Mr Douglas said it was Mr William Nelson’s vision and support that enabled the late Mr J.H. Edmundson to establish in Napier the Acetone Illuminating and Welding Company, an industry entirely new to New Zealand. He was chairman of directors for its first 17 years, and now it too had branches throughout the Dominion and was an important factor in the industry of this country.


But what the people of Napier had most reason to be grateful to Mr Nelson for was the reclamation of Napier South. “Memories are so short that already many people give all the credit for that reclamation to the earthquake,” said Mr Douglas. “Nothing of the kind! Twenty-five years before the earthquake a syndicate of four men – William Nelson, George Nelson, Charles Kennedy and George Latham (and whatever William Nelson was in, he was a leading spirit) – had transformed an impassable swamp, apparently blocking for ever the future expansion of Napier, into a smiling suburb and attractive residential area, with those fine playing fields, Nelson Park and McLean Park, in its midst.

“To come back to Hastings and Havelock North,” he said, “William Nelson was practically the founder of both the Heretaunga School (now Hereworth) and Woodford House School for girls, because it was his encouragement, backed by his finance, that enabled the originals of both these institutions to be established.


“These were only some of Mr Nelson’s activities,” continued Mr Douglas. “I have made no mention of his pioneering in flax-milling and saw-milling, of his pastoral pursuits, nor of his invaluable work in river flood protection, all of which have left their mark on the history of Hawke’s Bay. It was in this garden that he walked and ruminated and that many of his great enterprises had their birth.

“Do not let me leave you with the impression, however, that Mr Nelson’s whole life was bound up in commercial industries and public affairs. That was far from the case. He had a rich sense of humour and a warm and generous heart, and many a man and woman has had reason to be grateful to William Nelson for a start in life or for being helped out of a difficulty. It was a source of great satisfaction and pleasure to him that this society established its showground alongside his domain, and he told me a number of times that he hoped, when he had gone, that the society would acquire the old house and garden.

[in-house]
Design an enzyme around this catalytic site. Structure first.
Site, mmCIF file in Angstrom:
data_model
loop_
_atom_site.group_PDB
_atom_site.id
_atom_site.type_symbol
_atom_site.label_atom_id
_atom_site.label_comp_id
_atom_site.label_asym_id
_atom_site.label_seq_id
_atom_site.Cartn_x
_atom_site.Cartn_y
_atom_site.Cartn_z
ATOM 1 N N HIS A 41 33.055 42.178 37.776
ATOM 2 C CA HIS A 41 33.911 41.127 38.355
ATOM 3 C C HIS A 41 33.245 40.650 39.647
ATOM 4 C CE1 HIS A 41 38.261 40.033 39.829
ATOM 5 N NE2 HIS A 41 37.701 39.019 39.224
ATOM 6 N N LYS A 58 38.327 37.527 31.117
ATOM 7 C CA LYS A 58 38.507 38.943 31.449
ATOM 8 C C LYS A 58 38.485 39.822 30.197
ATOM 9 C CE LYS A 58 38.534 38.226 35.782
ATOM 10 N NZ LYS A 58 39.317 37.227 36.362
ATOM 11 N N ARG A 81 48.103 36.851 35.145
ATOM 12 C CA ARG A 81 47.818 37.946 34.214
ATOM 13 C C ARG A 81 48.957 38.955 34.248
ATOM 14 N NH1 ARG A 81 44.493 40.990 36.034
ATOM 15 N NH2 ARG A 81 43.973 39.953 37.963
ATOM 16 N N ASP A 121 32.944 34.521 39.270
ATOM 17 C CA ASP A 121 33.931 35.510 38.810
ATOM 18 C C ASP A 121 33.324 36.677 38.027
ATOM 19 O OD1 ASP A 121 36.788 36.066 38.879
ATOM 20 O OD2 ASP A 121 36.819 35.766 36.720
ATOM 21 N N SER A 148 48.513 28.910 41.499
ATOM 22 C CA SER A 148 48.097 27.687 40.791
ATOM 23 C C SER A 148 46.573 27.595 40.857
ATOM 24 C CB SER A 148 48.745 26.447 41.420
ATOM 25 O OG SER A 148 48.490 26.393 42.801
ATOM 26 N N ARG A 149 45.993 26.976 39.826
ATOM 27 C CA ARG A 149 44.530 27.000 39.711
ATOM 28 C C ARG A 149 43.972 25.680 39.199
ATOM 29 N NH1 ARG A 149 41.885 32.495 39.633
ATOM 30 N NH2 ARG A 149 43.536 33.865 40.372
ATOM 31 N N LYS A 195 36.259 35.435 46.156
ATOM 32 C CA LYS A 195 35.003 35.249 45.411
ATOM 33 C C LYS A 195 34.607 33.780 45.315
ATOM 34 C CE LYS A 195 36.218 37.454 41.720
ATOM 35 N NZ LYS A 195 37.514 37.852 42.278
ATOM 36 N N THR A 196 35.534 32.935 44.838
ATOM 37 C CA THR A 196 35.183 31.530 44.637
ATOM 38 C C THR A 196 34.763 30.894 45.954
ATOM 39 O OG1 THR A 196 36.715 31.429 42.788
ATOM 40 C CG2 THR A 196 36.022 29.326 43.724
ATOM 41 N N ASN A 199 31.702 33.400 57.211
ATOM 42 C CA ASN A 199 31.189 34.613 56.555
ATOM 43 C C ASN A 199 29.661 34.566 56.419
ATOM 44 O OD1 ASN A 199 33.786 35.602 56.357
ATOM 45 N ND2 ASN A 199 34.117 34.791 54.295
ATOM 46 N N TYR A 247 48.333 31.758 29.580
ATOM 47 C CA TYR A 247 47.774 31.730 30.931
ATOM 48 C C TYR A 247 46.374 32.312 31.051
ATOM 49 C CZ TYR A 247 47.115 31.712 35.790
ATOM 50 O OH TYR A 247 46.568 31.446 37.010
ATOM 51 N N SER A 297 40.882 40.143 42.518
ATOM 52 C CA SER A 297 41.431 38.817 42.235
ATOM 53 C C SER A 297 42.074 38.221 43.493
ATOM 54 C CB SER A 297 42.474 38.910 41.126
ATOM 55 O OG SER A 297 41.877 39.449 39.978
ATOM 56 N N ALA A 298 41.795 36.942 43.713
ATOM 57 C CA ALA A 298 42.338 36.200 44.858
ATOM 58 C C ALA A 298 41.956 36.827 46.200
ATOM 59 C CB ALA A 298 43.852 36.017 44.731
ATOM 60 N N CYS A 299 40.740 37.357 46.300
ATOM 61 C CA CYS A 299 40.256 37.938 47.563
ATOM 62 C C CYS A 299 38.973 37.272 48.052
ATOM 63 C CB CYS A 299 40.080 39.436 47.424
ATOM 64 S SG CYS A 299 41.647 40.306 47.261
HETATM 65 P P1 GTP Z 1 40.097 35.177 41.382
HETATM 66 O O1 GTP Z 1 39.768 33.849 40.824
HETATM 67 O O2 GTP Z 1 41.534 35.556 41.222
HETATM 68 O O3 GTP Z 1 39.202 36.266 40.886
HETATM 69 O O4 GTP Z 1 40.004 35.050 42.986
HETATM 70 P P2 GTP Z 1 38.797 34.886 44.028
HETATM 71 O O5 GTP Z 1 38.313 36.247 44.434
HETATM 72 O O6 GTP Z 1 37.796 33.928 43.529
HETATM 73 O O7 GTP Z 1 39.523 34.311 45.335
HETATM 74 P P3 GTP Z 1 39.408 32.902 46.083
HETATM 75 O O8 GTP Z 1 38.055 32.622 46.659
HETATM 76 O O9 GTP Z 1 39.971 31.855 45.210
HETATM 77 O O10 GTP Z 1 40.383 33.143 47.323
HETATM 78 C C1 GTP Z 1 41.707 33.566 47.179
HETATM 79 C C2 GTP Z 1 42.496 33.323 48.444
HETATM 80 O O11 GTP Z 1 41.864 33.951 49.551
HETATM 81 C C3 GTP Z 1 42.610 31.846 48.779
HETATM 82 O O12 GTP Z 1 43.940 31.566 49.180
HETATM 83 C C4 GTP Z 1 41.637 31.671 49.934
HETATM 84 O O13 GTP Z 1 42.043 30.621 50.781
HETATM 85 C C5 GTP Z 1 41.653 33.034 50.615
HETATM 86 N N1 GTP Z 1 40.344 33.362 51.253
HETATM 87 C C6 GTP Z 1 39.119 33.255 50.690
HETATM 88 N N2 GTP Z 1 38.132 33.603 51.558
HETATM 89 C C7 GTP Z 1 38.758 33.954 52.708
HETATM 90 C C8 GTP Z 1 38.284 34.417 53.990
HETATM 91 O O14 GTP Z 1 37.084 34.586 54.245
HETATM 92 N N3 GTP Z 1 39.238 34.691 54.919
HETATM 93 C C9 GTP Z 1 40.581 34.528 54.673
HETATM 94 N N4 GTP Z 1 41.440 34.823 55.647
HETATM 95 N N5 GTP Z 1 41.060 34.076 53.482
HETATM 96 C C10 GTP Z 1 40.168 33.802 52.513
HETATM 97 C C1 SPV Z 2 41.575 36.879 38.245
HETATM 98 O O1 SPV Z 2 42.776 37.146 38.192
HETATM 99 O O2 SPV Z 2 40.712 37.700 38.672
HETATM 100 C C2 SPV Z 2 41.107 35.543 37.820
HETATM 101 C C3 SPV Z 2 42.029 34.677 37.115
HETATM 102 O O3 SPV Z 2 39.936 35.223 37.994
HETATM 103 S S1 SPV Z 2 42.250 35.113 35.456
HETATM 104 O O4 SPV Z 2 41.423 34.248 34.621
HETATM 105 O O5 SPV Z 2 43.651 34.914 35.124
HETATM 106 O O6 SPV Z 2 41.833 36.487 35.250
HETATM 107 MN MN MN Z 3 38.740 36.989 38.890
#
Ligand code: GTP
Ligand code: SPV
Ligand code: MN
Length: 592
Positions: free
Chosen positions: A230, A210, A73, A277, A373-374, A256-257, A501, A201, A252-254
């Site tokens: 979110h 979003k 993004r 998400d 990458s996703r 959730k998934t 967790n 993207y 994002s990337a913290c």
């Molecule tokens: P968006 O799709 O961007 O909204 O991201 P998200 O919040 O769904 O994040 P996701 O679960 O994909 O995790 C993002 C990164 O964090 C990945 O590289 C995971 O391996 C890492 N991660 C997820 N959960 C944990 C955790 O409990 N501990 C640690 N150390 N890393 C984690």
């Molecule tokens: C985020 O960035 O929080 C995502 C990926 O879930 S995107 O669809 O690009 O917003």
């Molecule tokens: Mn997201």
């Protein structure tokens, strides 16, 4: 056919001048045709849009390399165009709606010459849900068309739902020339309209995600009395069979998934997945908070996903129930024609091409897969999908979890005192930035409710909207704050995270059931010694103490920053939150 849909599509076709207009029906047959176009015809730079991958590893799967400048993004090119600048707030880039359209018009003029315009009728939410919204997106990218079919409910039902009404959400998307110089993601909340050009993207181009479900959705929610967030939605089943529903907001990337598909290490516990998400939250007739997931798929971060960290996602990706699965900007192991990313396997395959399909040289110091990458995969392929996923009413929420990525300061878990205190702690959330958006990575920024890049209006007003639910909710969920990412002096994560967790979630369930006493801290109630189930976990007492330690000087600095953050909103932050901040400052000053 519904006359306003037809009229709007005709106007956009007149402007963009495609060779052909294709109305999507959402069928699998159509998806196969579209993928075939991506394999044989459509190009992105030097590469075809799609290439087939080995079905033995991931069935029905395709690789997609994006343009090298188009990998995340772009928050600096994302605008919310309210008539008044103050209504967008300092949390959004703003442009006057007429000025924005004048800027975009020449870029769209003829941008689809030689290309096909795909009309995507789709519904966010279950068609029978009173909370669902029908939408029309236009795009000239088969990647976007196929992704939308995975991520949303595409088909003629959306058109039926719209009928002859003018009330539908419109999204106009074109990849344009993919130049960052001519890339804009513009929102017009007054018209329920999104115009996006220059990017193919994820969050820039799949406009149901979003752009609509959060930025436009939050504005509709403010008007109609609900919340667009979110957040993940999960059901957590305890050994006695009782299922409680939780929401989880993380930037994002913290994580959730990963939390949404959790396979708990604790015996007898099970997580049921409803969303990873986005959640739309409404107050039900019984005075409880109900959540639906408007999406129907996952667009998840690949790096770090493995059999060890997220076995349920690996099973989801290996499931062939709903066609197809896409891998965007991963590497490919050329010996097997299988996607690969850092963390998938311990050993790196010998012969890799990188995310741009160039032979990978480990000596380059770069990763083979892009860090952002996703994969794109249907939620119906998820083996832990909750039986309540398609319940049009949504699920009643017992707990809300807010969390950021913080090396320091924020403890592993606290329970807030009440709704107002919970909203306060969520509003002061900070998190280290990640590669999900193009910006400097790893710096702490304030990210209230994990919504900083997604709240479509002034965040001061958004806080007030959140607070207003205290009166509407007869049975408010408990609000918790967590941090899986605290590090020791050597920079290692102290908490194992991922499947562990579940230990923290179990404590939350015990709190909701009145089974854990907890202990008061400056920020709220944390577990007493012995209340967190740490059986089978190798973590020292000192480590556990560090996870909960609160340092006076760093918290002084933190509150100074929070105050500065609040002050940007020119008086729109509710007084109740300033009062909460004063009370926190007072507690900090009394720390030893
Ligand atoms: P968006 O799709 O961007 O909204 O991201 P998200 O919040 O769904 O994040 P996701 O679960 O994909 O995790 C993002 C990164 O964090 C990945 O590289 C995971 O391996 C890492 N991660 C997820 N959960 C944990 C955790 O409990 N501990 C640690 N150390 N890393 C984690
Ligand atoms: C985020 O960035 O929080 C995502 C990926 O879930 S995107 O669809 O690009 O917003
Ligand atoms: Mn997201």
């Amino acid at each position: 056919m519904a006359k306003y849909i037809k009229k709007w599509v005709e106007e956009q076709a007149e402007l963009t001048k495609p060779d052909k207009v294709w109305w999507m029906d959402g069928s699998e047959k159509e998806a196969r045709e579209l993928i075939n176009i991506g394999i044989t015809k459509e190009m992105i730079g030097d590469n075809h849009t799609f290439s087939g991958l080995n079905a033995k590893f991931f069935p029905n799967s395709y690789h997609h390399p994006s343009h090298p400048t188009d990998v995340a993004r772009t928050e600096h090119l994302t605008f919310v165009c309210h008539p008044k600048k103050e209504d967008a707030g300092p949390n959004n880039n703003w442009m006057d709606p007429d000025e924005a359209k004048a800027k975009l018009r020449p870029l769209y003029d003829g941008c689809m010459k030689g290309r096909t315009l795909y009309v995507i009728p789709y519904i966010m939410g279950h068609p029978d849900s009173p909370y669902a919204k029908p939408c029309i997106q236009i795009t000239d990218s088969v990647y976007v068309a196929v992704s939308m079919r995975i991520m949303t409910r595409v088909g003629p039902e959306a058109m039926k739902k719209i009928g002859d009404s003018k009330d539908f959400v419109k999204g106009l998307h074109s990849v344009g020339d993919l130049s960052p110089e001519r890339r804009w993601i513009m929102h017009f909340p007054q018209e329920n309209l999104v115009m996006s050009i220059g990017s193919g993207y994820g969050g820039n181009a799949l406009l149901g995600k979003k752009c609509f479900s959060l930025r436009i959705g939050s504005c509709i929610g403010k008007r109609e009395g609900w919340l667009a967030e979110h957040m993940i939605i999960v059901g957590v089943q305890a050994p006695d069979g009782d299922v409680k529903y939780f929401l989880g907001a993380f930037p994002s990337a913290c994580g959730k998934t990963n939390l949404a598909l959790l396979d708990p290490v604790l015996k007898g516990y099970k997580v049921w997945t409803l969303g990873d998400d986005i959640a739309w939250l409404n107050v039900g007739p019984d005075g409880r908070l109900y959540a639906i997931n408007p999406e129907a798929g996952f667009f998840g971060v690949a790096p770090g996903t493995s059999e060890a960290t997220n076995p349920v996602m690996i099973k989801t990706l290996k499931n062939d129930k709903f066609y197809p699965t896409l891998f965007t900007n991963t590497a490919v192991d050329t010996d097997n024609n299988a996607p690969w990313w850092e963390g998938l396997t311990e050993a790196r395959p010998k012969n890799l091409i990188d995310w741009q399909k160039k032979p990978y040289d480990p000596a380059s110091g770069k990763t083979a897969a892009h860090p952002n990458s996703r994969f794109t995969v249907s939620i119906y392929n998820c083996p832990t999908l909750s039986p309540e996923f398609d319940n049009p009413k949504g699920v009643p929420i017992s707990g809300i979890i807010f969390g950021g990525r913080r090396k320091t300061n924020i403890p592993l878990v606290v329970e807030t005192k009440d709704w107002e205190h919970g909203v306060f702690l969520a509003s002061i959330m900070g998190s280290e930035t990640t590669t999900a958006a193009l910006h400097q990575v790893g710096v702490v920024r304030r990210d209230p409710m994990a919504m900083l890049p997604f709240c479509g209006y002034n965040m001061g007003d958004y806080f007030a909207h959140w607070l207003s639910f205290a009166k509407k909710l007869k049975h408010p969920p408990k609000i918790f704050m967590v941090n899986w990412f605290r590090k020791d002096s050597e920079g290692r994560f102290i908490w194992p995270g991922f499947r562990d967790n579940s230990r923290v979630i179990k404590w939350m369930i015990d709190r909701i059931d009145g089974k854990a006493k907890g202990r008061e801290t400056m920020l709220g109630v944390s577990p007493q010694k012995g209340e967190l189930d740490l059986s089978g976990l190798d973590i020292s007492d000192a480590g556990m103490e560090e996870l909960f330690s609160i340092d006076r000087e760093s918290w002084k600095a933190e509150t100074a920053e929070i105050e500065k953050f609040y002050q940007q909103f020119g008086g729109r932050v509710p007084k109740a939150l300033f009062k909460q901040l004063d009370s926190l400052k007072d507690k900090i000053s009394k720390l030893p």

“That is why the committee of the Hawke’s Bay Agricultural and Pastoral Society wanted to erect this memorial archway in his own garden. It stands here to commemorate, not his death, but his life. Twice a day for nearly 50 years William Nelson walked along this path between his study at the house and his office at Tomoana, and we would still like to remember him as he would have walked under this, his memorial archway,” he concluded.

Mr George Nelson, who unveiled and dedicated the memorial tablet, expressed appreciation on behalf of the Nelson family to the society in so recognising the life work of the head of the Nelson family.

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Newspaper article

Date published

October 1951


The Daily Telegraph


Published with permission of Hawke's Bay Today